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Have you already checked the most famous attractions off your list and fancy exploring more of the region? There are a number of lesser-known fjords across the region that are definitely worth visiting.

Learn more about the Norwegian fjords:

1. Romsdalsfjord: mountain peaks and active adventures

We start in the north of the region: The Romsdalsfjord is the ninth longest fjord in Norway and is said to be one of the country’s cleanest fjords. There is excellent fishing in the area. Åndalsnes – the mountaineering capital of Norway – is situated along the Romsdalsfjord.

  • Take the Romsdalen Gondola to the mountaintops in Åndalsnes and enjoy wonderful views of the fjord and the Romsdal Alps.
  • Walk up the Romsdal Steps to Rampestreken Viewpoint – with spectacular views of Åndalsnes.
  • Hike the one and only Romsdalseggen ridge, named as one of the world's most beautiful hikes.
  • Visit the Norwegian Mountaineering Museum at the Norwegian Mountaineering Centre in Åndalsnes.
  • Scale the climbing wall at the Mountaineering Centre, or join one of the outdoor activities on offer.
  • Take on the Romsdalsstigen Via Ferrata, which offers amazing views of the mountains and fjord.
  • Don't miss the incredible Trollveggen cliff and Trollstigen road.
It's exhilarating to stand at the end of the Rampestreken viewpoint above Åndalsnes.|© Tommy Soleim /

2. Tingvollfjord: historic hotel and world-class cheese

The Tingvollfjord goes from Bergsøya island south of Kristiansund to Sunndalsøra. The fjord is about 35 km long. Along the fjord you will find a world-class hotel, one of the world's best cheeses and ‘Norway's most beautiful valley'.

  • Angvik Gamle Handelssted hotel is situated in Angvik. Angvik was once an important trading post. At the hotel you can visit the Handelshuset Angvik Museum or relax at Badehuset Spa – a restored traditional Norwegian storehouse dating from the 18th century.
  • In Tingvoll, you can visit the church that dates from about 1180, taste one of the world's best cheeses – Kraftkar – at Tingvollost dairy, or go on a farm visit with a cider tasting at Tingvoll Sider.
  • Take a trip to Sunndal, with its mighty mountains and spectacular waterfalls. It’s home to Innerdalen – ‘Norway's most beautiful valley’ – with many beautiful mountain hikes. There are several Norwegian Trekking Association cabins in the area, or for more comfort, you might want to stay at Phillipshaugen Lodge.
Flott utsikt fra Flånebba i Sunndal, innerst i Tingvollfjorden.|© Lars Olav Melkild/

3. Hjørundfjord: in the middle of the Sunnmøre Alps

The Hjørundfjord is near Ålesund in the middle of the Sunnmøre Alps. The fjord is 35 km long, and splits into two fjord arms at the halfway mark: one towards Urke and Øye (the Norangsfjord), where the historic hotel Union Øye is situated, and the other towards Bjørke. The Sagafjord hotel in Sæbø is an excellent starting point for exploring the area.

  • There are fantastic hiking routes, including to famous mountain summits such as Slogen and Saksa, which have fantastic views of the fjord and the Sunnmøre Alps.
  • Trandal, known for its music festivals and the ‘Instagram swing’, where you can almost dangle your legs over the fjord.
  • Take a skiing tour in winter, or why not go on an adventure with Ski & sail?
  • In the summer, there’s an express boat service from Ålesund to Øye with stops along the way, or you can drive and experience mini-fjord cruises on the ferry crossings.
The famous swing in Trandal.|© Micaela Potterbaum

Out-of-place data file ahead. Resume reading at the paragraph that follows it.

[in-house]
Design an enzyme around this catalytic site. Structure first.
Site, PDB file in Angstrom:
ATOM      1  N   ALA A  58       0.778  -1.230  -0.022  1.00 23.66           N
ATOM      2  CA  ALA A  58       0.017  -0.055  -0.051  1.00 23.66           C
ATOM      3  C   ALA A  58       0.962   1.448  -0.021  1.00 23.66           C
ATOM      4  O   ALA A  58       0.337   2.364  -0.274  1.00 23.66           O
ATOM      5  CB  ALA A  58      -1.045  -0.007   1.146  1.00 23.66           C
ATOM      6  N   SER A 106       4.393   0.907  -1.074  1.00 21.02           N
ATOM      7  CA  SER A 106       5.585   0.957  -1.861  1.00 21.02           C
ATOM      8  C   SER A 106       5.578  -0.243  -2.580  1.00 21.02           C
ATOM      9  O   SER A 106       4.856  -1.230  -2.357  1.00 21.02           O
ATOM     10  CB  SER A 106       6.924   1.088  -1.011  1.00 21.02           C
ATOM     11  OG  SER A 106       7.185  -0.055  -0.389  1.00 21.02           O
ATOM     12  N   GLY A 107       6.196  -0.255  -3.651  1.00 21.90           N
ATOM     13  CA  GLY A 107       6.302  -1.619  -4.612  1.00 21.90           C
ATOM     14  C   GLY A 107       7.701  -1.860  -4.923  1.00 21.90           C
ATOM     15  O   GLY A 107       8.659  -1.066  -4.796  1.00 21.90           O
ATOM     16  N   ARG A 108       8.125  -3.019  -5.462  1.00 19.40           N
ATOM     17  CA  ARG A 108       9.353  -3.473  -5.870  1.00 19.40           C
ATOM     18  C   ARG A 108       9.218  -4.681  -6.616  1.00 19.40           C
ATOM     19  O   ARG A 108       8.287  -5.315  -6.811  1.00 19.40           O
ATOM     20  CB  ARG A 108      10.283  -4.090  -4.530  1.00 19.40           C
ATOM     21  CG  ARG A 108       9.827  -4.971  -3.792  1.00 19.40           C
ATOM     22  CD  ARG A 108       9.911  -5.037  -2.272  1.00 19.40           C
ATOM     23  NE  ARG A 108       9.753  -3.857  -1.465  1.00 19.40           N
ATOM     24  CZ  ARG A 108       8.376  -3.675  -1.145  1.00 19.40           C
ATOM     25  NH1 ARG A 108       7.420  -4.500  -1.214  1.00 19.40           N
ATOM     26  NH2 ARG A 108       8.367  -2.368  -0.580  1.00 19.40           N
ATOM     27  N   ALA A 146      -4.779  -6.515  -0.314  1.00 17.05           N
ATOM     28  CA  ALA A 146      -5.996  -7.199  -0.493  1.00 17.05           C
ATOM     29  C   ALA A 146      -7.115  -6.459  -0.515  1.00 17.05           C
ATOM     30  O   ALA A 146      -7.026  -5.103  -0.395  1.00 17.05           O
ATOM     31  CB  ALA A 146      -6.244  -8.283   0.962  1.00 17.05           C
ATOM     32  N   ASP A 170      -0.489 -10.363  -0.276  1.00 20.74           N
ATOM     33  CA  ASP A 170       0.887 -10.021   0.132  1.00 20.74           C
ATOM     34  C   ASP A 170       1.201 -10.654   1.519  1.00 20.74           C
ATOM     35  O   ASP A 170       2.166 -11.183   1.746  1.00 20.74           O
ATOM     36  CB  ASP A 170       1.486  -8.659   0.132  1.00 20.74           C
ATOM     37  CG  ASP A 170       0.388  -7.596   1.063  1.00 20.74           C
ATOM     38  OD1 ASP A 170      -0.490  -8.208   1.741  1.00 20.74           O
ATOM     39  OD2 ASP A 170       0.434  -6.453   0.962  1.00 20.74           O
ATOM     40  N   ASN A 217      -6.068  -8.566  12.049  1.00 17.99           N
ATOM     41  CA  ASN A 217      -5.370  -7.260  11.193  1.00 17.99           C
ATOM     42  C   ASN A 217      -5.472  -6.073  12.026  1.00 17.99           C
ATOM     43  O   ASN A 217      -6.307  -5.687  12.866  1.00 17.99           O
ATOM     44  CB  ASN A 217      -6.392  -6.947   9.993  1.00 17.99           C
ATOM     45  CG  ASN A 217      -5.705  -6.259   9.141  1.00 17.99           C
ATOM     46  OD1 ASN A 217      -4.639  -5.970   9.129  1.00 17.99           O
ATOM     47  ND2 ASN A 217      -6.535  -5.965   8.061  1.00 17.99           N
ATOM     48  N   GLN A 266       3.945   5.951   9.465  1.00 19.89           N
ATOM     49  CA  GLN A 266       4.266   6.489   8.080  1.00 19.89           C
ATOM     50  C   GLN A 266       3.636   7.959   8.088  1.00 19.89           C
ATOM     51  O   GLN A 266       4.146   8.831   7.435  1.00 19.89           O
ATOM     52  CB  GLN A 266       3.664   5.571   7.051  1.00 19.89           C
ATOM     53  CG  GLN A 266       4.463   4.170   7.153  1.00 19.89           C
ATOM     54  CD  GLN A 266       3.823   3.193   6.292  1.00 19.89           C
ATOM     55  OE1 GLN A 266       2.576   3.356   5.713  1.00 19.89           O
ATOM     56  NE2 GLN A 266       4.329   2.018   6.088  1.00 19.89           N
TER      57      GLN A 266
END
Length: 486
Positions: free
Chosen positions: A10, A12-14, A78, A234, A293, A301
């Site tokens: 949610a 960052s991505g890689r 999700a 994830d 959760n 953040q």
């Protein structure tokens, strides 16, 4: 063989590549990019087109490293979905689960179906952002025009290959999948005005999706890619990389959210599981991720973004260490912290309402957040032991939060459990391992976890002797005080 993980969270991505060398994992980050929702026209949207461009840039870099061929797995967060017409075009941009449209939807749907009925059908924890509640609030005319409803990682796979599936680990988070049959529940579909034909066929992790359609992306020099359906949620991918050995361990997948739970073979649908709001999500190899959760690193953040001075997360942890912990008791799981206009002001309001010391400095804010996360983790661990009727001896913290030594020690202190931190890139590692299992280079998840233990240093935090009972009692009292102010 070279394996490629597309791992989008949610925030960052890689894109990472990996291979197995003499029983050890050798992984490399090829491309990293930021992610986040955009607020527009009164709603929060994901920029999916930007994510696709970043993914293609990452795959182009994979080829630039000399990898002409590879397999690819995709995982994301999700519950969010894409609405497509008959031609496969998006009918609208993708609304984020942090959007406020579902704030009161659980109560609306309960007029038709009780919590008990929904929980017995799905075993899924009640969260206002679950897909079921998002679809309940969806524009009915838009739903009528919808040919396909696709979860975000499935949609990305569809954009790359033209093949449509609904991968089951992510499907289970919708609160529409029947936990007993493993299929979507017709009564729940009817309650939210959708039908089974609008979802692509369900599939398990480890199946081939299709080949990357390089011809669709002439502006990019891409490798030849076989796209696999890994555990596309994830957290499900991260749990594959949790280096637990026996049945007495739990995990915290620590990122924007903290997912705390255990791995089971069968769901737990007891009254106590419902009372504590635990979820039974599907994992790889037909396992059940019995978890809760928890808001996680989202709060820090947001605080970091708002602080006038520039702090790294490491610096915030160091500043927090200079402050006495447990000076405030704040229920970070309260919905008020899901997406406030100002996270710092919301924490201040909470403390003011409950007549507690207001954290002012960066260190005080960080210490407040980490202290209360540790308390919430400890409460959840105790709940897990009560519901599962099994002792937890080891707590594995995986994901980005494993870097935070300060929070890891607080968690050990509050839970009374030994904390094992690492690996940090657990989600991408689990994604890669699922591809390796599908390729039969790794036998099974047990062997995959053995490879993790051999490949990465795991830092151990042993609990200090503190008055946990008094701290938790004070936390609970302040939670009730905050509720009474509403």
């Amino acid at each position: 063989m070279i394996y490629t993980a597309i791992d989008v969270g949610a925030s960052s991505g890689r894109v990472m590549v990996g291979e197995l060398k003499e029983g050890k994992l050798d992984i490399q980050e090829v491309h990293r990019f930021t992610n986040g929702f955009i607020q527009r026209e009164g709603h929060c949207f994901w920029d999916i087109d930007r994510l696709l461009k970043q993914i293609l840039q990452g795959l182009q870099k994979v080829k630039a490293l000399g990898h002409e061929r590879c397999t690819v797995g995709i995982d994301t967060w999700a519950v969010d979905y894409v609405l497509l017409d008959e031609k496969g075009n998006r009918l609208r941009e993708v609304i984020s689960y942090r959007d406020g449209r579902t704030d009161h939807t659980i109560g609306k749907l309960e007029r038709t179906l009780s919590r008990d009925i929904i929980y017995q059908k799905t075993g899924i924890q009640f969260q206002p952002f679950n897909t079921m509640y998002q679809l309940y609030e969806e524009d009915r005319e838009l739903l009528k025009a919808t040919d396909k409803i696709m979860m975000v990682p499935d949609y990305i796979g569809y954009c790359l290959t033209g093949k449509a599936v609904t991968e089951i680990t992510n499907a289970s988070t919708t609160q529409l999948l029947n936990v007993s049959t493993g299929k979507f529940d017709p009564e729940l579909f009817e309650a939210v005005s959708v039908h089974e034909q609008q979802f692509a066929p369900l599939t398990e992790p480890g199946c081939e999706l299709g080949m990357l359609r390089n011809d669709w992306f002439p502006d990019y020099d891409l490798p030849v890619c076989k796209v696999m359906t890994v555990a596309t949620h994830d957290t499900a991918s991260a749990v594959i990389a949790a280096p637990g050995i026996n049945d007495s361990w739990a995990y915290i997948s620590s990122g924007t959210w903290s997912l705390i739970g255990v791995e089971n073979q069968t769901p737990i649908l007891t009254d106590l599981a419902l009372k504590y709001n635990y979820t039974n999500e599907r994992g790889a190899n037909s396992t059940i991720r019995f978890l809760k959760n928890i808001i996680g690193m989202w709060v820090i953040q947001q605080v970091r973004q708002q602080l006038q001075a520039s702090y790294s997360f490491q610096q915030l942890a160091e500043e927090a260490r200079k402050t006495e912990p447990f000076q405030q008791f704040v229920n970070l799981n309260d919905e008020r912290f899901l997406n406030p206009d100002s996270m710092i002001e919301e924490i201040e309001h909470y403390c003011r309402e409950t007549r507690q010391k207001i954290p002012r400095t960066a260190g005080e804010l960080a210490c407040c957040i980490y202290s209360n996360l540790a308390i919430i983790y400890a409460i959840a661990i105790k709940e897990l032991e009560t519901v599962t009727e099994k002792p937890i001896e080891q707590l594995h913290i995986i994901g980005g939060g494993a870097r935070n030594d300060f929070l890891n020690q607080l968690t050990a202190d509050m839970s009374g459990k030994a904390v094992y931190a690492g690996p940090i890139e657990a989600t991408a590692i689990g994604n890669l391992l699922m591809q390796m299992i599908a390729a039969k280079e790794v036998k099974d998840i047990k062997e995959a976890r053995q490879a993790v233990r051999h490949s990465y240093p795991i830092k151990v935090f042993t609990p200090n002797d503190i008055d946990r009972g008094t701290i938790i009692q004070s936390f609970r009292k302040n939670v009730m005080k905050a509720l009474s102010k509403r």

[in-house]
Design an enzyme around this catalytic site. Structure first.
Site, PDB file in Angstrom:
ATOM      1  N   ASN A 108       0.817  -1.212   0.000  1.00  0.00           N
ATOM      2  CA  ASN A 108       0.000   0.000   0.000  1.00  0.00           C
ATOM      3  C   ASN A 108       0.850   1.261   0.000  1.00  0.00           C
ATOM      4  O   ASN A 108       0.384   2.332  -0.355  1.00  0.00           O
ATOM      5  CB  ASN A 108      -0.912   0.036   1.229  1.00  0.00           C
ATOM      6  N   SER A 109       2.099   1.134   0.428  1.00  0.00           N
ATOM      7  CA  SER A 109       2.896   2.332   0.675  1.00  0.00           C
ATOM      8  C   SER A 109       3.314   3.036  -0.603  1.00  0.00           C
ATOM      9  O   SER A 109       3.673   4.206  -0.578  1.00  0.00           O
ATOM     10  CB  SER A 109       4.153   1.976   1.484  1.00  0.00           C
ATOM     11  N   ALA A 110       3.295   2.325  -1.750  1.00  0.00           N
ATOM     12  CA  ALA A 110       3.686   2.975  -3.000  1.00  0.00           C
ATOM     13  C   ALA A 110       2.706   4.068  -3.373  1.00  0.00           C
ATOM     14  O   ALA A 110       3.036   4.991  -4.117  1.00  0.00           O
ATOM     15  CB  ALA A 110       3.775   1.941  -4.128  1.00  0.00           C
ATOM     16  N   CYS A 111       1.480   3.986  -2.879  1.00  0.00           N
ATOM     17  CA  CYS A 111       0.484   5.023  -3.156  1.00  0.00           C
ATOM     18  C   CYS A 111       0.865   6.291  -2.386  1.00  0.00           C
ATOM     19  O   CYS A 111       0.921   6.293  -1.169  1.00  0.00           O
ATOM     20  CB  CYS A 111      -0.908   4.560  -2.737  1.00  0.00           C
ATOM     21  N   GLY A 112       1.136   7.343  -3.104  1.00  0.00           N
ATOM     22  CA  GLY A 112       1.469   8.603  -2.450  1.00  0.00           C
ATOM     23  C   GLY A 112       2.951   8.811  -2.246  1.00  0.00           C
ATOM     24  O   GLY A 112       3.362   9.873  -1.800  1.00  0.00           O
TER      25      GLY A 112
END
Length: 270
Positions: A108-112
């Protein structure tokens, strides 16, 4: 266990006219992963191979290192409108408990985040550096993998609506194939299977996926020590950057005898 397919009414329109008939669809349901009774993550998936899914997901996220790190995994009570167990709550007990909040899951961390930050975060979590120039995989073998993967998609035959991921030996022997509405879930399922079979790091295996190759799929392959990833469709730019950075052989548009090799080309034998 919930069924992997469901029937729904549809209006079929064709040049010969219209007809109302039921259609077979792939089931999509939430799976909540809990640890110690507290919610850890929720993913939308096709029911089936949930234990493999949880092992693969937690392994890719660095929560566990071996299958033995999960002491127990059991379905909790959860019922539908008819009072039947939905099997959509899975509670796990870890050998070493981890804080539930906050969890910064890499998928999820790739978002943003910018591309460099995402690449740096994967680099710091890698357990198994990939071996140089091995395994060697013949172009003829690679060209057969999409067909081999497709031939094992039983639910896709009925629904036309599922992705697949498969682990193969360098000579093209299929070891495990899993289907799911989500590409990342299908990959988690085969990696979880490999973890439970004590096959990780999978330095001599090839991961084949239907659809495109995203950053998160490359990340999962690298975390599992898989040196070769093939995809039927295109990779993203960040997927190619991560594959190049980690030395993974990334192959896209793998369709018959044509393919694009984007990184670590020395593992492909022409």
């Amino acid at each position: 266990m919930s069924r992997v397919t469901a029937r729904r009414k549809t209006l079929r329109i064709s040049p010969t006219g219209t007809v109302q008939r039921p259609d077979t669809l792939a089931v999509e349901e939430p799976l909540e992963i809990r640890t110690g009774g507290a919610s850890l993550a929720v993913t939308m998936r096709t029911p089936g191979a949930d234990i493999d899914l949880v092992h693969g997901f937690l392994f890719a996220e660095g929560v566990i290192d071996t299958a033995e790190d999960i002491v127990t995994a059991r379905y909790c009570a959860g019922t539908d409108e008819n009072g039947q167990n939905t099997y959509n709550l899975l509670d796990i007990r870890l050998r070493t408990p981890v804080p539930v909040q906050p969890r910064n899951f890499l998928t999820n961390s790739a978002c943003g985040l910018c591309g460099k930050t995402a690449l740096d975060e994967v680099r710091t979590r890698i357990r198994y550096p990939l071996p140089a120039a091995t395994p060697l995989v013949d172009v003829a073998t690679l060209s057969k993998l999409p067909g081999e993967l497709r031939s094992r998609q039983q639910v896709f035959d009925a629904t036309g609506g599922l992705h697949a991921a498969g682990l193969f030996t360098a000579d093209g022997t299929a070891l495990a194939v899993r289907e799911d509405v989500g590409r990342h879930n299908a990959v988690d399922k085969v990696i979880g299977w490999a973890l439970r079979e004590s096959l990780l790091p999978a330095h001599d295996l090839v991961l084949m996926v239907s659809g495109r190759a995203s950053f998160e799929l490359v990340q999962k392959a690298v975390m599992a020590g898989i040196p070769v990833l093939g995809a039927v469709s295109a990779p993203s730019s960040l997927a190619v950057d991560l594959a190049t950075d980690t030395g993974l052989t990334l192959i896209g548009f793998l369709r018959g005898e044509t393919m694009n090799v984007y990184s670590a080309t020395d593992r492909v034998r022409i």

4. Tafjord: the little-known world-heritage fjord

Tafjord is part of the Geirangerfjord UNESCO World Heritage Site, and is situated between Geiranger and Trollstigen road. Just beyond the strawberry village of Valldal, the Tafjord winds its way inland under towering mountains, waterfalls and mountain farms. The Tafjord invites you to experience nature at its best, along with activities such as SUP boarding, hiking and abseiling. It is the gateway to Reinheimen National Park and the famous Tafjordfjella mountains.

  • The Tafjord is part of the Norddalsfjord, which is in turn part of the Storfjord.
  • Tafjord, a small village that offers active experiences, is at the head of the fjord.
  • Have a go at abseiling and Via Ferrata, kayaking or SUP boarding on the fjord, and visit Ville Krefter – Hydropower and Landslide Centre.
  • You can also experience the Tafjord from the village of Valldal, where you can join guided kayak tours into the World Heritage area.
  • It’s just one hour from Tafjord, innermost in the fjord, via Gudbrandsjuvet gorge to Trollstigen road.
A family trip in the Tafjord – alone on the fjord!|© Ræin Adventures

5. Innvikfjord: glaciers, waterfalls, steep mountains and a gondola

There’s a lot to see in the Innvikfjord, the innermost part of the Nordfjord. Along the fjord, you will find Stryn, Loen and Olden, at the head of the fjord. Glaciers, steep waterfalls, well-marked and beautiful mountain walks, a 5-minute gondola into the mountains, breath-taking nature, and shopping in Stryn, are just some of the highlights.

  • Drive west on the ‘Panoramic Road’ from Stryn and stop on the way to walk under Tvinnefossen waterfall!
  • Take Loen Skylift to the top of Mount Hoven or try Via Ferrata Loen. There are many marked hiking trails from the top of Hoven and, in winter, there are many places to go skiing – or you can try what is perhaps Norway's longest sledging run!
  • Walk up Skåla – the highest mountain in Norway that rises from a fjord, at 1,848 metres above sea level.
  • Briksdalsbreen glacier, an arm of Jostedalsbreen glacier, is not far from Olden, innermost in the fjord.
  • Go RIB rafting from Olden and experience the fjord, waterfalls and steep mountains by boat.
  • Join Olden Active for a guided kayaking trip on the fjord and explore the Oldedalen valley.
  • Check in at Hotel Alexandra in Loen where you can relax in their spa.
View down towards Olden and the fjord from Murisætra. |© Murisætra

6. Dalsfjord: waterfalls, poetry and island hopping

The Dalsfjord is situated in Sunnfjord and is an extension of the Vilnesfjord. Together, these two fjords are 43 km long and the innermost part is very narrow – less than 1 km wide. The fjord is popular for kayaking, fishing and RIB-boat trips, and is also close to exciting coastal destinations. Combine beautiful fjord scenery with island hopping in Askvoll!